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- In Licence to Kill, Big Bad Sanchez warns the president of the Banana Republic that he's "only President for life".
- Escape from L.A. has a hyper-religious President of the US, who gets elected solely because one of his rants happens to come true quite by accident. Somehow, he gains enough support from the legislature and the people to amend the Constitution to get him declared this trope. He then proceeds to move the capital to his hometown, launch a network of Kill Sats, and make anything he doesn't like illegal (such as red meat, smoking, drinking, premarital sex, etc.). Anybody who doesn't agree gets deported to Los Angeles (which is separate from mainland US) or gets sent to the electric chair.
- In The Hunger Games: Mockingjay Part 2, this is how Coin ultimately seeks to guarantee her power, making herself "interim" President, with a proper election being postponed indefinitely. When Katniss understands this, she makes sure it's a short term.
- Ric Flair became President of WCW, and later declared himself President For Life.
- Possible in the Tropico series, but the risk is civil unrest once the people decide that they really want free elections again. That said, El Presidente can still easily stuff the ballot box, so long as doing so doesn't verge into a Revealing Cover-Up.
- In Stellaris after "government forms" were introduced, the Dictatorial government form is this: A ruler chosen by "oligarchic election" whenever the previous ruler dies.
- Transformers: Generation 1: Abdul Fakkadi, Supreme Military Commander, President-for-Life, and King of Kings of Socialist Democratic Federated Republic of Carbombya.
- In an episode of The Critic, where Jay Sherman's son dated Fidel Castro's granddaughter, Castro introduced himself to a group of schoolchildren as this.
- In a less serious example, the Mayor in The Fairly OddParents! during a speech once proclaimed himself Mayor for Life, to the surprise of the citizens.
- Quite popular amongst real-life dictators, and has its own article at That Other Wiki. Some even lived up to the term.
- Famously, Ugandan dictator Idi Amin proclaimed himself this in many of his narmtastic rants.
- François Duvalier of Haiti. Died in office.
- Saparmurat Niyazov of Turkmenistan. Died in office.
- Hastings Banda of Malawi. Stripped of title in 1993, defeated in an election in 1994.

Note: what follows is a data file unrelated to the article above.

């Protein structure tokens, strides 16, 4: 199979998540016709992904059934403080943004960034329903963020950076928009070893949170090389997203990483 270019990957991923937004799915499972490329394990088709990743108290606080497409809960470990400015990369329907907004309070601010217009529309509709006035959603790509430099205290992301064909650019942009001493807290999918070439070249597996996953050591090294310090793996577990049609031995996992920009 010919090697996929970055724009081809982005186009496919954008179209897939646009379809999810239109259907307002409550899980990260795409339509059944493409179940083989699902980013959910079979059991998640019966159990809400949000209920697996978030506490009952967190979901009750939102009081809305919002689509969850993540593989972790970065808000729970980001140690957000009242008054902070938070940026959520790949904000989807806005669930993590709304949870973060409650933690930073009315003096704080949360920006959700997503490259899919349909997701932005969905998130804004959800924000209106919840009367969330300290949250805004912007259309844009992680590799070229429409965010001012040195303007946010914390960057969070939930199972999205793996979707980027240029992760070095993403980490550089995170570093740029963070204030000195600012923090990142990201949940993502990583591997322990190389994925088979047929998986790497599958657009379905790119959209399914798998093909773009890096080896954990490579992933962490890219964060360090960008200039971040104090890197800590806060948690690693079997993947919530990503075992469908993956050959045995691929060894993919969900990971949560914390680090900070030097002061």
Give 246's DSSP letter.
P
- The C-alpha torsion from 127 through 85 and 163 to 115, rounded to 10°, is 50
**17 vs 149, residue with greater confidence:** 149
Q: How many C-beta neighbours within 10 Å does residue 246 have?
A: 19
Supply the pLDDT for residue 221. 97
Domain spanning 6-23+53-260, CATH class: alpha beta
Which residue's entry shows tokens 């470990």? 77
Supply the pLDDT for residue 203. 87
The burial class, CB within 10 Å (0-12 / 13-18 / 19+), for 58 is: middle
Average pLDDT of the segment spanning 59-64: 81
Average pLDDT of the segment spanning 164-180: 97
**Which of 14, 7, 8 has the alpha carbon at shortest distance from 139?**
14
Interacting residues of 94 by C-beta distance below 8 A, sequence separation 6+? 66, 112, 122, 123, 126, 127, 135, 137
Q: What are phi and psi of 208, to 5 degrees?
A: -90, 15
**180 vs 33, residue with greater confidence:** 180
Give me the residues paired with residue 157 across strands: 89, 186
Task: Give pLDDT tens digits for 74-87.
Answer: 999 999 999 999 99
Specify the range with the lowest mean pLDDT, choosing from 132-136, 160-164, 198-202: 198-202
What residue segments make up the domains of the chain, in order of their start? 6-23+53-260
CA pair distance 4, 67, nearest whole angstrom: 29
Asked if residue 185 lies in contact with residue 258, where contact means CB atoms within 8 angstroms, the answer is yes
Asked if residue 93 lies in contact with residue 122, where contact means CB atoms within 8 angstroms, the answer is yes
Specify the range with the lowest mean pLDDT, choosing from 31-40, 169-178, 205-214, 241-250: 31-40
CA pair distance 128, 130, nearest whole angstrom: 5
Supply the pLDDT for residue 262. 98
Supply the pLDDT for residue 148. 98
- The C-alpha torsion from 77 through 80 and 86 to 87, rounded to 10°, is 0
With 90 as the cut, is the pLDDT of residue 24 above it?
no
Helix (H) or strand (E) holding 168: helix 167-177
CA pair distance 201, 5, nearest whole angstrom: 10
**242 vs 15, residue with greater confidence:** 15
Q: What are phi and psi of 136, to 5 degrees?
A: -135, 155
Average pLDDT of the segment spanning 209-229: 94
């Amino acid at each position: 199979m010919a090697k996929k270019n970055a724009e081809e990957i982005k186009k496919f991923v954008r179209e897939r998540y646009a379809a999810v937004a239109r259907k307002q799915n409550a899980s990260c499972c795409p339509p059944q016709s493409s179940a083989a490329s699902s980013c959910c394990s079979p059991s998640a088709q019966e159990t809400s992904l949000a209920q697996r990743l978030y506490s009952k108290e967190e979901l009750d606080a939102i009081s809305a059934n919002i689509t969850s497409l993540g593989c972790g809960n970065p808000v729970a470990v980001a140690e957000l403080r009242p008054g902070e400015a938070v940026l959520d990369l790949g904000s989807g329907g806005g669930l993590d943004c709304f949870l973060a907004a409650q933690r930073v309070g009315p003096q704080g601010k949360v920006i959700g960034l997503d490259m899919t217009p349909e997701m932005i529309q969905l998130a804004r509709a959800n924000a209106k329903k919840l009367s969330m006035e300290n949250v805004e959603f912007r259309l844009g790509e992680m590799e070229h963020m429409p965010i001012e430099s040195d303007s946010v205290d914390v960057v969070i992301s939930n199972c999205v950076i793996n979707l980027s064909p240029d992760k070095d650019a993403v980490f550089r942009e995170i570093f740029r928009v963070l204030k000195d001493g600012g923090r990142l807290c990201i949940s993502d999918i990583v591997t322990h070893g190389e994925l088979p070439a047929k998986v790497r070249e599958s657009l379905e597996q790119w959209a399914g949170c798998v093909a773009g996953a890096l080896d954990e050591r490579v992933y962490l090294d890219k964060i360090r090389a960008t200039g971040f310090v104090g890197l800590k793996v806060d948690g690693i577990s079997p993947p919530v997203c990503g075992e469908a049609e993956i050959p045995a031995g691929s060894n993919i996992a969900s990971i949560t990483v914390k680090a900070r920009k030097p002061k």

- Kwame Nkrumah of Ghana. Thrown out of office in 1966.
- Josip Broz Tito of Yugoslavia. Died in office in 1980.
- Sheikh Mujibur Rahman of Bangladesh. Assassinated 1975, after only seven months in power.
- Jean-Bédel Bokassa of the Central African Republic. Declared President For Life in 1972, then went all the way and was crowned Emperor of the Central African Empire in 1976. Deposed 1979.
- Subverted with Kim Il-sung of North Korea, who was declared Eternal President of the Republic after he'd died. However, he was NOT President For Life while he was alive; his term was regularly renewed via show elections. Christopher Hitchens commented that this made North Korea the world's only necrocracy.
- Ilham Aliyev of Azerbaijan, who took office in 2003 after the death of his father Haydar, suspiciously enough.
- Napoleon made himself First Consul for life on the way to becoming Emperor.
- The Ur-Example is probably that of Julius Caesar, granted the title of dictator perpetuo or dictator in perpetuity, abandoning the usual time restrictions on Roman dictatorships historically observed. This of course being shortly before his infamous assassination, and possibly being subverted by the lack of implication Caesar would never resign the post.
- His great-nephew and heir Augustus was offered this title but refused it, knowing how dangerous this was. He preferred the titles imperator, originally a military honorific roughly meaning "commander" but which evolved into a royal title (translating, of course, to "emperor") over time, and princeps (first citizen), which likewise evolved centuries later into the royal title "prince". For the first 311 years of the Roman Empire, the emperors followed Augustus' example by insisting that they were neither royal nor dictators, and that Rome was still a republic in which power ultimately flowed from the citizens and the Senate. Not until Diocletian in 284 AD was the pretense discarded.